We’ve never found fire beyond Earth, and there’s a reason for that.

In Greek mythology, Prometheus suffered terrible torment for stealing fire from the gods. It is therefore slightly ironic that these gods, or at least the planets identified with their Roman counterparts, in fact have no fire. This also applies to Apollo. While the Sun is often referred to as fiery, the fusion process that provides its heat is something quite different. It’s just billions of years of life on Earth that made fire possible, and if any of the planets we find around other stars are supporting fire, that would be a really big clue that they have too of life.

Fire generally requires the presence of oxygen. Although oxygen is the third most abundant element in the universe, it bonds so easily with others that it is rarely found in the molecular form that makes fire possible. A few other gases have been found that can burn particular materials, but these are generally rare and considerably less likely than oxygen to be found outside of a chemistry lab.

Neither oxygen nor these alternatives are present elsewhere in the solar system at the concentrations necessary for combustion. Indeed, there is no evidence of fire in the fossil record before the Middle Ordovician period. Although there had been oxygen in the atmosphere since the great oxidation event nearly two billion years ago, the concentration was too low to sustain the fire.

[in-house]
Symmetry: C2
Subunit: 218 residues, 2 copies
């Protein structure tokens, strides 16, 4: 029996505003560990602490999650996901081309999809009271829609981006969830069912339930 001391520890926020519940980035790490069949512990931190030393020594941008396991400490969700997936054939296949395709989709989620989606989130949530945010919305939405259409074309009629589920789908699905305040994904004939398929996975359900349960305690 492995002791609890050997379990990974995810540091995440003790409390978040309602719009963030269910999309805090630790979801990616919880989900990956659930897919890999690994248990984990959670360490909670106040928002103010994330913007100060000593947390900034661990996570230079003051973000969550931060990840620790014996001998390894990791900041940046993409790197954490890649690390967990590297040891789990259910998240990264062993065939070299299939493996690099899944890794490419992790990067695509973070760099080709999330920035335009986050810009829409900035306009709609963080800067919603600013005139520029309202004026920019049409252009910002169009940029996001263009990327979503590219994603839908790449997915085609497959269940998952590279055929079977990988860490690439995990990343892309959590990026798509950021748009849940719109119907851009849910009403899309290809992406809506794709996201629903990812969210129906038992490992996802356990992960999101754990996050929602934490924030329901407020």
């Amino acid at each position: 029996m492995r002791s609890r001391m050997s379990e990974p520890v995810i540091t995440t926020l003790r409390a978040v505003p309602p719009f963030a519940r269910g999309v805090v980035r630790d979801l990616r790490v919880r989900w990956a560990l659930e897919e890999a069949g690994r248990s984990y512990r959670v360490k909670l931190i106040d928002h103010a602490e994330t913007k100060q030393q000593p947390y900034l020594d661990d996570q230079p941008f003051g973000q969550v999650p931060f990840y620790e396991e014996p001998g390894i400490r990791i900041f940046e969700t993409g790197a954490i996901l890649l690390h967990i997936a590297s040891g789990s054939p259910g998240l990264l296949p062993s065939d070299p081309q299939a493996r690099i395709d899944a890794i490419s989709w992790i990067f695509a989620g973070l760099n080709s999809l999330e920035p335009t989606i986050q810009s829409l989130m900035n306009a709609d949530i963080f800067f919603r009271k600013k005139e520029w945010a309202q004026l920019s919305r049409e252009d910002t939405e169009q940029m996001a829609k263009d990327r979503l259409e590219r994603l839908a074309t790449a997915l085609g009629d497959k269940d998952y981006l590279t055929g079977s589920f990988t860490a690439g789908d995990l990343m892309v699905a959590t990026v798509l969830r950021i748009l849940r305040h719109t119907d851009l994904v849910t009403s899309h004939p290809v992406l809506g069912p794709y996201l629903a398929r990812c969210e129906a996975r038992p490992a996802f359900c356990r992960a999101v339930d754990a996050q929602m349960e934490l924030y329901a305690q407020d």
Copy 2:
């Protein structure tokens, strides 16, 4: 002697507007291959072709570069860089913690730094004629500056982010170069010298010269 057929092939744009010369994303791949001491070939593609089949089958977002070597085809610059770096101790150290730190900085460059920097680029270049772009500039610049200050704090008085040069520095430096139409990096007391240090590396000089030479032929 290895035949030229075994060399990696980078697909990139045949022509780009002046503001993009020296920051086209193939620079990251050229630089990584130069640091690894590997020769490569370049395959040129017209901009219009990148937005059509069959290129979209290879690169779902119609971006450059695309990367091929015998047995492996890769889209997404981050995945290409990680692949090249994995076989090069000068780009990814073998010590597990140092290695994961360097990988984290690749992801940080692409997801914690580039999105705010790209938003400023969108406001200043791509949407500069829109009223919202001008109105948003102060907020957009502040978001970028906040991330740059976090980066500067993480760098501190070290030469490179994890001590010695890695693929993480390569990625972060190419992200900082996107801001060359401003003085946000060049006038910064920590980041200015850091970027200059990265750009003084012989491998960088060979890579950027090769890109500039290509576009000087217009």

If all life on Earth suddenly disappeared, the oxygen in Earth’s atmosphere would gradually react with the rocks until it disappeared completely. As things stand, limited fuels are available to people living at high altitudes, as many do not burn as oxygen becomes scarce. Climb high enough and nothing burns at all.

Although the sustained presence of oxygen is considered a likely sign of life, it is not definitive proof on its own, which is why astronomers look for combinations of gases as biosignatures. With so much oxygen bound to the planets’ surfaces, it’s possible that some chemical process could cause its release, but it’s still unlikely to provide the abundance needed to sustain the fire.

In addition, fire also needs fuel (and heat). There is a pattern in what we burn: wood from trees, coal from ancient forests, and oil that was once just organisms. Most substances capable of undergoing the rapid oxidation process that produces flames are also products of life.

Methane and hydrogen both burn and can exist without life – they make up most of Jupiter’s and Titan’s lakes respectively. However, the combination of either with oxygen would be considered a much better indication of life forms that modify the atmosphere than oxygen alone.

Some phenomena can look like fire enough to fool our eyes, even beyond merging into stars. Erupting volcanoes can produce “fire fountains,” which Astronomy.com says likely occur on Jupiter’s moon Io. Tidal forces applied by Jupiter and the outer moons have melted the interior of Io, making eruptions nearly constant. However, fire fountains are not actual fires, but rather magma sprayed through a vent.

There will probably always be easier ways to test for the presence of life on new worlds, but fire might work in a pinch – as long as you can tell it apart from things that look alike.

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